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5 Culture Killers

There is a growing belief and understanding about culture embodied in the saying, “culture eats strategy for lunch.” The culture of a community, a school, and a classroom is a major factor in learning and student success. Here are 5 “Culture Killers” – are they present in your school?

  1. Silence. Cultures that actively or implicitly stifle and silence its members is a dead and dying culture. Silence is often assumed to mean agreement – but only in cultures where voices are allowed to be heard and such acts are not met with resistance or outright punishment. This is why the student voice is so critical in the transformation of education. Student silence, faculty silence, and parent/community silence are deadly. Rich and vibrant cultures foster, nurture, encourage, and provide meaningful avenues for respectful debate, discussion and disagreement.
  2. Boredom. Poor cultures can be identified by the boredom and apathy displayed by its members. If your students are quietly or boisterously bored, you have a culture incapable of reaching its highest potential. Do you know if, when, and where your students and staff are bored? What are you doing as a leader to rid boredom from your culture? Don’t get crazy here – we’re not talking about periodic boredom and disengagement we all sometimes experience. We’re talking about boredom being a regular, consistent part of the student, staff or parent experience. Do you know your data and stats on boredom/engagement?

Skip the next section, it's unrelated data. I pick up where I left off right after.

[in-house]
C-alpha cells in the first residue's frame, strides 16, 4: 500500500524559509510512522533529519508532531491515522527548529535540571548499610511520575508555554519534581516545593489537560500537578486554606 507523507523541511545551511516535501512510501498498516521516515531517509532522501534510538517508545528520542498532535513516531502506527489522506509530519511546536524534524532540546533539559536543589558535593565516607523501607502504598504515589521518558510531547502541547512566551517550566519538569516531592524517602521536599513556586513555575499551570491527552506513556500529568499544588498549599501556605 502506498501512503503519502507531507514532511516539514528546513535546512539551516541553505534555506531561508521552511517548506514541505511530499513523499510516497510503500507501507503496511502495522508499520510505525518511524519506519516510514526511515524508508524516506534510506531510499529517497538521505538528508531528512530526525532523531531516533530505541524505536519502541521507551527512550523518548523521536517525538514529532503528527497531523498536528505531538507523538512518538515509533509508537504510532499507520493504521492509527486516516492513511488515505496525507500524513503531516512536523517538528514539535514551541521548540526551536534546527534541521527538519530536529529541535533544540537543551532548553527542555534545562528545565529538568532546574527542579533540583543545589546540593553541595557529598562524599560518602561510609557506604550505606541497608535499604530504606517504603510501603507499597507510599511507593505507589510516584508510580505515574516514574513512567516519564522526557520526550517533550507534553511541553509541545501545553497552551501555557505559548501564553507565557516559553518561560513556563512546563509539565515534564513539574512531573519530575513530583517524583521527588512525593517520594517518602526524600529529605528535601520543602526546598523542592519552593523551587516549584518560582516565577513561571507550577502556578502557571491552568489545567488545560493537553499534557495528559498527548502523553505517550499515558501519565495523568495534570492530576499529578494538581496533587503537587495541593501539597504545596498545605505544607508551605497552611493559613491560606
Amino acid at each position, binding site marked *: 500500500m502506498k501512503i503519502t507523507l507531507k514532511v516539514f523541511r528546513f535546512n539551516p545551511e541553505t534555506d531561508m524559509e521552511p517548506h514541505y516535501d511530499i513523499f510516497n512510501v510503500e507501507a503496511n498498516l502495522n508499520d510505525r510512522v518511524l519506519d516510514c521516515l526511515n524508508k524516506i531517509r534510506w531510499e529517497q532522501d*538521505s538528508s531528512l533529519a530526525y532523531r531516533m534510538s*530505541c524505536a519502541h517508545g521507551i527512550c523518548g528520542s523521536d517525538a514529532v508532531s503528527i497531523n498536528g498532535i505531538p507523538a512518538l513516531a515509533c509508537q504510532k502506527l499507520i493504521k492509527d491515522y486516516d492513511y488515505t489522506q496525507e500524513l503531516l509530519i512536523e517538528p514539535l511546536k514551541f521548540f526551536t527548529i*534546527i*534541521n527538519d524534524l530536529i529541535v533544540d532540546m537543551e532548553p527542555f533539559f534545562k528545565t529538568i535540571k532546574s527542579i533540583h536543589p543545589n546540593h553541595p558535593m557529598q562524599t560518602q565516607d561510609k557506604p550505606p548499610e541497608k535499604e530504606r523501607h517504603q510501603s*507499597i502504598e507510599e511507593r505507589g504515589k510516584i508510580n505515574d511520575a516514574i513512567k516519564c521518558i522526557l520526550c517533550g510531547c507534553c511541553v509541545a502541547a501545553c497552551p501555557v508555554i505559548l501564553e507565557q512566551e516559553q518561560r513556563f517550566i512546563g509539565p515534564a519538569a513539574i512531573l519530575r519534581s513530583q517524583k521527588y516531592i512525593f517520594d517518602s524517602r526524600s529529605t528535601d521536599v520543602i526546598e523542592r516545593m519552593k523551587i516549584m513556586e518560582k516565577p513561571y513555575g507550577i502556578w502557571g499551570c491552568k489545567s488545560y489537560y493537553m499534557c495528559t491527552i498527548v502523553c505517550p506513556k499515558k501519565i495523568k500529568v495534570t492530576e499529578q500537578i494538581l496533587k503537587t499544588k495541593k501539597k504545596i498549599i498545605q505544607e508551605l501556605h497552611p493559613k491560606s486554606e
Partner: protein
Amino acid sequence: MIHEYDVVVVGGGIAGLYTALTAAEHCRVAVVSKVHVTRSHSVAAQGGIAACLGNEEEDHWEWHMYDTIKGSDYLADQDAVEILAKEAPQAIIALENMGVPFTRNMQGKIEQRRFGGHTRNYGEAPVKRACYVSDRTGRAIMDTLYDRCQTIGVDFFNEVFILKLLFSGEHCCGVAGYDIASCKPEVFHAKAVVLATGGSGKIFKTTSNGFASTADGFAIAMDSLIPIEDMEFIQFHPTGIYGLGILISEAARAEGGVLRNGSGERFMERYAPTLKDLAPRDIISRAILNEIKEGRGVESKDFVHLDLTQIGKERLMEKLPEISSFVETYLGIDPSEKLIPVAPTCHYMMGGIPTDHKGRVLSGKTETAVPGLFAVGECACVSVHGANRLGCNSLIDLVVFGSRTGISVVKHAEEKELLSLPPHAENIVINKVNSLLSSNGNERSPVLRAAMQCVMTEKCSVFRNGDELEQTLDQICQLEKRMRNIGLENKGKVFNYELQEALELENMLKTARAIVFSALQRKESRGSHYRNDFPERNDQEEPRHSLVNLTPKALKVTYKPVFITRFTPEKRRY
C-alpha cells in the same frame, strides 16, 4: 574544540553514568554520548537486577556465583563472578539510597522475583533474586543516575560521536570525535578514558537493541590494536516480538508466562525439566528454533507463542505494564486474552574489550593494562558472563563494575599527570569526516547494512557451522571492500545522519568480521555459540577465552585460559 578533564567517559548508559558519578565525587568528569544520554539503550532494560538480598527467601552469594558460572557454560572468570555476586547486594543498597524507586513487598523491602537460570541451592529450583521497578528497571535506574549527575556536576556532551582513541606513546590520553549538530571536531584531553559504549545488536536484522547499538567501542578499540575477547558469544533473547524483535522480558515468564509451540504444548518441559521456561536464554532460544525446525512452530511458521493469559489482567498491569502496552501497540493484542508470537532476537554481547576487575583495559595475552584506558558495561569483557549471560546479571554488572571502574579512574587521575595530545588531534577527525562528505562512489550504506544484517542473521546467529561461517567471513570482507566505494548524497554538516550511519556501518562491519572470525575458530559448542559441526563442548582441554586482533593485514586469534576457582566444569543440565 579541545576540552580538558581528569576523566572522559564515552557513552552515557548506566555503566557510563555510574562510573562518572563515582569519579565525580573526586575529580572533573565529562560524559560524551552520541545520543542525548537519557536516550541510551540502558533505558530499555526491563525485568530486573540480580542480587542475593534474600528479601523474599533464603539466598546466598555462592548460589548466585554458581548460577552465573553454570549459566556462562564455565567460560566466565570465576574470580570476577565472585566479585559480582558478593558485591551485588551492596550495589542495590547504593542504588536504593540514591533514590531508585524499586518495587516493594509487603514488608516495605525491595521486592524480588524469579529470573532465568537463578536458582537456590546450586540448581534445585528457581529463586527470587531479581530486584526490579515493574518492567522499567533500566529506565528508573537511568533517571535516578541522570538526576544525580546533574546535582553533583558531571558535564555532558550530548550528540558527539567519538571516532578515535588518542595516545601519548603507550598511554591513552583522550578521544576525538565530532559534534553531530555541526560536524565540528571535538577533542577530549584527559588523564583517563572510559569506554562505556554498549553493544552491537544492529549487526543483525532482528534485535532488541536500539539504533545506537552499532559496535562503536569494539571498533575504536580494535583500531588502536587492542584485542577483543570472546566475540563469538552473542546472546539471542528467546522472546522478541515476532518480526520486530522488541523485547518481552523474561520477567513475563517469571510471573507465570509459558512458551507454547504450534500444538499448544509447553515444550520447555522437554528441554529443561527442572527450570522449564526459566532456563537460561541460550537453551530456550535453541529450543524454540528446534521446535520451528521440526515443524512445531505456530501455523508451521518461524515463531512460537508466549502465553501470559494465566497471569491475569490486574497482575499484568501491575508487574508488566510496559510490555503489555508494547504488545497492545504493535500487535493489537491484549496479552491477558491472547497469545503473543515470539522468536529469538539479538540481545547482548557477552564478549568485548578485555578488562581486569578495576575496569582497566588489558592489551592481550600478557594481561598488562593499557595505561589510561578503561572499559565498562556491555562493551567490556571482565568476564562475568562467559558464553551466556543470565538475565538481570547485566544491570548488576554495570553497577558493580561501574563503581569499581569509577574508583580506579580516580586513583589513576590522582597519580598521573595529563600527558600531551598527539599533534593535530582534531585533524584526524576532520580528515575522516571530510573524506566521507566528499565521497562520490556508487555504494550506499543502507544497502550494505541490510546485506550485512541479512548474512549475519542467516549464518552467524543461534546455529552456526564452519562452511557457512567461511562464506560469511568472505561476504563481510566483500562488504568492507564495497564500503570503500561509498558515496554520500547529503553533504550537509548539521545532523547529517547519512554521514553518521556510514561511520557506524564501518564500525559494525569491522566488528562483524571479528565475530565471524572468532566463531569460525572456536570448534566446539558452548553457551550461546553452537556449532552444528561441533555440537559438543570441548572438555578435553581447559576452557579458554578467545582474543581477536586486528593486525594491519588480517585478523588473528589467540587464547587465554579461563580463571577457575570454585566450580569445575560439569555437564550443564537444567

3. Few/No Degrees of Freedom. Degrees of freedom speak to the matter of choice. How much meaningful choice do your parents, staff, and students have? Cultures that are tightly defined and managed tend to purposefully or inadvertently drive out choice. Do your parents and students have choice in how, when and where they learn and in what sorts of content and experiences they get? Do your teachers have choice in the types of courses they offer and how they drive high engagement and meaningful learning?
  4. Punish Acts of Commission. An act of commission is when someone actively tries to do something or make something happen. An act of omission is when someone chooses not to do something or to act. Far too often organizations and people punish only acts of commission – when someone tries to make something happen and it doesn’t work out. The subtle but powerful message? Doing nothing is a safer move than doing something. Grades and points are often the biggest violators in punishing acts of commission. Why doesn’t that student take that tougher class? Often its because taking that class means risking poor grades so its better to not take the class than risk getting punished with a poor grade for trying. A move towards standards-based and competency-based approaches can make it more appealing to take action rather than to sit back and do little or nothing.
  5. Hold a Deficit View of People. Cultures constantly focusing on people’s weaknesses and shortcomings are overly focused on people’s deficits. Focusing primarily on improving our weaknesses only serves to help us be average. If we recognize people for their gifts and talents and then foster and focus those gifts and talents, we unleash the power of people and we help them to develop above-average skills and passion!

Don’t let any of these 5 Culture Killers derail your efforts to transform the learning experience for your kids and community!

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